April 3, 2011

The News We Deserve

Here is my op-ed on the New York Times' new online subscription terms. Essentially, it's a piece on journalistic consumer ethics. Here are the first paragraphs:
"Last week, the New York Times decided to start charging $15 a month for online subscriptions, discontinuing unlimited free access to its pages. The Onion sardonically called this bold plan to actually charge people money for consuming goods and services a groundbreaking new business model. It concluded that if the plan fails, it would frankly be better that The New York Times not exist in a world where people are unwilling to pay the price of a movie ticket for a monthly online subscription.
I tend to share this view. Because essentially, we get the news we deserve. 
I hear many people today, often rather educated as they tend to read the Times regularly, complaining about this new charge, saying that they will not pay it. This confounds and infuriates me. Since when does one expect to get something for nothing? The truth is that free online access to journalism is far from free. As a result, newspapers are crumbling because they cannot generate enough ad revenue to continue providing quality investigative journalism. 
Geography is not yet history. That is to say, we cannot report everything from desktops. We still -- and will surely always -- need to rely on reporters out in the field doing in-depth investigations. And as the world gets increasingly complex and interconnected, we need more of this, not less."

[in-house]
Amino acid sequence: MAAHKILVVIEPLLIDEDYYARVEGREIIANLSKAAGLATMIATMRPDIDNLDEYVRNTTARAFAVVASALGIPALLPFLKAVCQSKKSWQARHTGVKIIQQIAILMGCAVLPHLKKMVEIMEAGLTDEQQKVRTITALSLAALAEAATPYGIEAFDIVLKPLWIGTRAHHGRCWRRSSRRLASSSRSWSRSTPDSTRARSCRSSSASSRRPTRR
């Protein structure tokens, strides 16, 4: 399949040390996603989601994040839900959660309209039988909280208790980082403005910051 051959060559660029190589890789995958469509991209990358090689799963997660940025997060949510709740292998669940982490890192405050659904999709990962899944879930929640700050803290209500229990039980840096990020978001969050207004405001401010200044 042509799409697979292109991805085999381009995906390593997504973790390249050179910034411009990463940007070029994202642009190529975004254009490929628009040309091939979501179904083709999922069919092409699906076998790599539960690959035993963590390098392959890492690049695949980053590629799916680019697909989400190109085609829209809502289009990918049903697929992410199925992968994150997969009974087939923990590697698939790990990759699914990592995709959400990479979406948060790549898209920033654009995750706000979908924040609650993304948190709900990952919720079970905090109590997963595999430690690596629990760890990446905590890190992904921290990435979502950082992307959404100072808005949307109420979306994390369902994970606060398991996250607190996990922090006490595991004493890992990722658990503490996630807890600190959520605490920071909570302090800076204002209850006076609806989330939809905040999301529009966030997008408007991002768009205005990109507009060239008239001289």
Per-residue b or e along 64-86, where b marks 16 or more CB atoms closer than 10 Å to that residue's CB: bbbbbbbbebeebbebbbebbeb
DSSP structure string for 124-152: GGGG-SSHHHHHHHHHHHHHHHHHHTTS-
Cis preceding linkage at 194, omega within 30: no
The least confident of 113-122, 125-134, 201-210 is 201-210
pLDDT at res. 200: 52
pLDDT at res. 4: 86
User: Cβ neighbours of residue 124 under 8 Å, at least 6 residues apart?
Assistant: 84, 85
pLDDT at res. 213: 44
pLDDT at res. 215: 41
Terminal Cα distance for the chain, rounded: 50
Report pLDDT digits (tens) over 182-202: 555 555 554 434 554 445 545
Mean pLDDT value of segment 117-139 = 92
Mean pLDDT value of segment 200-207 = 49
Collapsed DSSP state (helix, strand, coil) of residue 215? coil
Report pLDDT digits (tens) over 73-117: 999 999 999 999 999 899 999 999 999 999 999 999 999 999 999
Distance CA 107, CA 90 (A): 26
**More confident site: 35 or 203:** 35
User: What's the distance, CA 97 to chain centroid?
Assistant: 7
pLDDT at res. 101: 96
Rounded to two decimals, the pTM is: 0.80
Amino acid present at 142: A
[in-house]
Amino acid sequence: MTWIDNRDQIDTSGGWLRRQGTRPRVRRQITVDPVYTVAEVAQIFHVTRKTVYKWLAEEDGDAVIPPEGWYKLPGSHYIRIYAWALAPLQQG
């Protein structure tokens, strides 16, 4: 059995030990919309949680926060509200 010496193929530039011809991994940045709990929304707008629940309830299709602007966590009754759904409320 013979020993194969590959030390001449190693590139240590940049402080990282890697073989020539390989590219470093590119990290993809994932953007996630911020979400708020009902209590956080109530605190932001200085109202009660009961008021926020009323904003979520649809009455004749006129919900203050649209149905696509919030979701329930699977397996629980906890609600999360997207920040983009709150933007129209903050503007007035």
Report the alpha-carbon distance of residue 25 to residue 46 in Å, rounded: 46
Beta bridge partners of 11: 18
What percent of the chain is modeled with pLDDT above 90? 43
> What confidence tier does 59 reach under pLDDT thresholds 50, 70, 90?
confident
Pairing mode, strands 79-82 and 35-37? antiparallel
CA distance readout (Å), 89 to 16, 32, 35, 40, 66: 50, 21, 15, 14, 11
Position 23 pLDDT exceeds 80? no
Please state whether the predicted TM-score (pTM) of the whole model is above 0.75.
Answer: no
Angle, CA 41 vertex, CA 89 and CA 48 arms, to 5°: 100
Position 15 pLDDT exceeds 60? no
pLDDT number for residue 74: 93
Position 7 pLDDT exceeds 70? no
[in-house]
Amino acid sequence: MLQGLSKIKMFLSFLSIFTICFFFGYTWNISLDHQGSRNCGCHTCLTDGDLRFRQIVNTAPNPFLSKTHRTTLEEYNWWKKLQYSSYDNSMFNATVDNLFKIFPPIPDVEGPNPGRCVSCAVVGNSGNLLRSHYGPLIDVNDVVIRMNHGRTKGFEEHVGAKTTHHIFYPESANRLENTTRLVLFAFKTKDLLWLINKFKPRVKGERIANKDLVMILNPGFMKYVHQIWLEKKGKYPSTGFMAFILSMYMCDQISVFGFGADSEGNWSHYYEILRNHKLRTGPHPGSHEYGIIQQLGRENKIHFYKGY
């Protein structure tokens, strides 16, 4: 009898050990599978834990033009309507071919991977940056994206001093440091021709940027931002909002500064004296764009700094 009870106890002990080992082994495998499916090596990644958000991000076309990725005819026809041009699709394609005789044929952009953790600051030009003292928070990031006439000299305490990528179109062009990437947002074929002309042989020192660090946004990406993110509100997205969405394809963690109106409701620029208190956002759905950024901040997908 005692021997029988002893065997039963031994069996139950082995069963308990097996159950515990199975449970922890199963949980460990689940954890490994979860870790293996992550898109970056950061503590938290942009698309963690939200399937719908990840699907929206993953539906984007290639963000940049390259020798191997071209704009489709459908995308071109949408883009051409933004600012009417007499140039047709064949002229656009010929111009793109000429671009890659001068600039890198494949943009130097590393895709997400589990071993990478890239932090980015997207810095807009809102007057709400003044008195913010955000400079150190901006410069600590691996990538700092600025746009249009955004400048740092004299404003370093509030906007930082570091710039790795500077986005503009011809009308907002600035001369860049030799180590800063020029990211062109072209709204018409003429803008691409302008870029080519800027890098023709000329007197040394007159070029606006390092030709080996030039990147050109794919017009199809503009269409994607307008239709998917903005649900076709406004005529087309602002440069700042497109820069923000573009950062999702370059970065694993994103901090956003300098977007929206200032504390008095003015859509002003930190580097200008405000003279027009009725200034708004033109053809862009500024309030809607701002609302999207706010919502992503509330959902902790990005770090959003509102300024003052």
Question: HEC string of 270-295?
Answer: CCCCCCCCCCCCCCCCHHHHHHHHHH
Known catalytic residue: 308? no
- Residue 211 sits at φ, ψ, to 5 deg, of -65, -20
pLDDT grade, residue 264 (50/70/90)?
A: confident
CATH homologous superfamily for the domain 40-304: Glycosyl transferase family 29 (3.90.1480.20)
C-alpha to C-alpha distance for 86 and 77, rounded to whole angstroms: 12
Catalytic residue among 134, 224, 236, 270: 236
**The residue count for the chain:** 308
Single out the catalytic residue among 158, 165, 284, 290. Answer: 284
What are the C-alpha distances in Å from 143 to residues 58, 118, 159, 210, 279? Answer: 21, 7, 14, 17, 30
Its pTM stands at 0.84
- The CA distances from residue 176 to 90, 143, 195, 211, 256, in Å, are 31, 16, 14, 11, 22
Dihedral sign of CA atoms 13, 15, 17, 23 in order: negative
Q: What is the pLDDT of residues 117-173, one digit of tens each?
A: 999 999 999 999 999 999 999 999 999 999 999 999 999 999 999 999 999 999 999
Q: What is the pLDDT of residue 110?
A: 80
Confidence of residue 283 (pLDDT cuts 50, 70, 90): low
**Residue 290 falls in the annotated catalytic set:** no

Read more.

We all share an obligation here to preserve quality journalism. For the freedom and protections our liberal democracy affords require an informed citizenry. And they aren't free. But at $15 a month, that's about as close to free as it's going to get. So if you use the NYT enough to soon run up against a web page requiring you to subscribe, do the right thing for yourself, and for democracy.


  1. As a long time reader of the Times, and a user of their app, I was thinking of not signing up. Five dollars a week!!!! But, after reading your piece in today's Daily Camera (Boulder), I did sign up just a few minutes ago. You talked me into it.

  2. Thanks Marc!

    I hope you were somewhat consoled, as a long time reader of the NYT, that you must have qualified for the initial 52 week reduction at only $2.81 per week.

    I got an email about that a few days ago.

  3. Great photos btw. I especially like these: http://www20.a2hosting.com/~rochkind/galleries/index.php?dir=Bryce+Canyon+and+Zion

  4. Julian,

    Whether educated readers of the NY Times pay or do not pay for extended use of the site will depend on their willingness to do so. As has been outlined by Mashable, it is extremely to continue reading articles after you've maxed out your limit by simply using a new browser.

    This paywall will work as a tool to test people's ethics. We know the spirit of NYT's rule and participating will require us to acknowledge that the material we are consuming gives us value.

    I'm excited to see if this is a successful model for the print business or not.



  5. Definitely Dan. But the NYT will probably find ways to crack down on these loopholes.